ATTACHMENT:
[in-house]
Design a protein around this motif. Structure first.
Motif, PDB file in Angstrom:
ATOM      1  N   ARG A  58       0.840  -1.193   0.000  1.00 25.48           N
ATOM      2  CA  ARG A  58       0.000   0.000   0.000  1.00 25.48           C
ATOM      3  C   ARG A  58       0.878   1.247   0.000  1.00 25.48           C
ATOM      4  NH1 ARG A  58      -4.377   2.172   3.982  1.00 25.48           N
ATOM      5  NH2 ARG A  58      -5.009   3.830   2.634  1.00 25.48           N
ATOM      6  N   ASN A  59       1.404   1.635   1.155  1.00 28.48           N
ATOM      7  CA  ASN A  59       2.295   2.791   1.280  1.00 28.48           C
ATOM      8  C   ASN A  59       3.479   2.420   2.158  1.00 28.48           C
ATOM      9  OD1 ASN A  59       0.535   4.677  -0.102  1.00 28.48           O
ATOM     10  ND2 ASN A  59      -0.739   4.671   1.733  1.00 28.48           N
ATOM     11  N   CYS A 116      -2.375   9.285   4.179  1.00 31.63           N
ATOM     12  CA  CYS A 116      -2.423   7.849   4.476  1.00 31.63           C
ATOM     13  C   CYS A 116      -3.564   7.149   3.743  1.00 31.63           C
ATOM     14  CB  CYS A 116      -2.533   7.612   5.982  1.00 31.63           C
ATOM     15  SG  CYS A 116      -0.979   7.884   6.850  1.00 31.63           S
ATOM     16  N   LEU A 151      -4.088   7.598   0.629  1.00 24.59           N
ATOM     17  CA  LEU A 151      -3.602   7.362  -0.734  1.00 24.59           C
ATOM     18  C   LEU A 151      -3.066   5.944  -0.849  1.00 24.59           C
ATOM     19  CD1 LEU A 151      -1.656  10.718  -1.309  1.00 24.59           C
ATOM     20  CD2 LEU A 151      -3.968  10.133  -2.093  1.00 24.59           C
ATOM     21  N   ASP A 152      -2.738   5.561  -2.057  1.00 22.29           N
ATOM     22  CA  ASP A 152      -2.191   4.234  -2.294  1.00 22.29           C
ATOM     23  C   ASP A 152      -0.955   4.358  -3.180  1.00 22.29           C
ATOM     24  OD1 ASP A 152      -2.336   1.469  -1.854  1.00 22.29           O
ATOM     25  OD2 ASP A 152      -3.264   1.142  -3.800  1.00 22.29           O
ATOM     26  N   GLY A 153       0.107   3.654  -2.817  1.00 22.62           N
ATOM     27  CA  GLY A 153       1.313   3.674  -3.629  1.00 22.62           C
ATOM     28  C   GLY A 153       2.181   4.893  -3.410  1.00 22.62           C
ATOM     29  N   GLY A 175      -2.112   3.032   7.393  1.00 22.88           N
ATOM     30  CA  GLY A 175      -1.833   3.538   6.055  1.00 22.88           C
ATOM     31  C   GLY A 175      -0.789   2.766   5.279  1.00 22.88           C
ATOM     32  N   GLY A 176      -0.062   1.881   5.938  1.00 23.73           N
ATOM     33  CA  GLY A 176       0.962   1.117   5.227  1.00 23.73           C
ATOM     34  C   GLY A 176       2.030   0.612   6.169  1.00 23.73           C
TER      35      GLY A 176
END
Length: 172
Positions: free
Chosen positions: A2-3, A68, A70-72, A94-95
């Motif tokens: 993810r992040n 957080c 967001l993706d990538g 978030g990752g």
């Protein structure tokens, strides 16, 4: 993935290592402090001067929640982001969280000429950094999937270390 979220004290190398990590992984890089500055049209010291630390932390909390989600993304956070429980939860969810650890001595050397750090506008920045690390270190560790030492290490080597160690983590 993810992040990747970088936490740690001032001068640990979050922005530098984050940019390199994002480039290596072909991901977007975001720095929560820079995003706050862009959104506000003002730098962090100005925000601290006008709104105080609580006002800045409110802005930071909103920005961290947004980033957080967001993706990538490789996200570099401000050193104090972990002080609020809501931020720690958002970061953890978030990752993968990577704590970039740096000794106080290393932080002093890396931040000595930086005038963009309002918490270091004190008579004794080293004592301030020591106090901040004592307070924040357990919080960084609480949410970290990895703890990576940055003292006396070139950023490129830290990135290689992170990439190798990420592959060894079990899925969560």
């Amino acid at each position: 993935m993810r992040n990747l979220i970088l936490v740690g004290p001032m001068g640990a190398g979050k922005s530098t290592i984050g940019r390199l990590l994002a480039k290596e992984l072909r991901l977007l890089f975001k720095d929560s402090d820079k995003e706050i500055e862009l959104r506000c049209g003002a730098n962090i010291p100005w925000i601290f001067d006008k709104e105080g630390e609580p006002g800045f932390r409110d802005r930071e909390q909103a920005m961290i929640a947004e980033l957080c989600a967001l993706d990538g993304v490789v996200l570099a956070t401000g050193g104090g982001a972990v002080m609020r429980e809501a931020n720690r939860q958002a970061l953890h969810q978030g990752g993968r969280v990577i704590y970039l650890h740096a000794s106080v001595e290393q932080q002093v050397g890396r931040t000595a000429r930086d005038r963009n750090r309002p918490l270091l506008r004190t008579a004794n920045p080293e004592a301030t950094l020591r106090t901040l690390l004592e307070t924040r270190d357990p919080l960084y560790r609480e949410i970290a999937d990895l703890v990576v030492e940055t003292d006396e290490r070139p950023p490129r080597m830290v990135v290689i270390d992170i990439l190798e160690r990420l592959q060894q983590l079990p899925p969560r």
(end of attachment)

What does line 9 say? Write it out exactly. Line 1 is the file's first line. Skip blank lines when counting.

ATOM      6  N   ASN A  59       1.404   1.635   1.155  1.00 28.48           N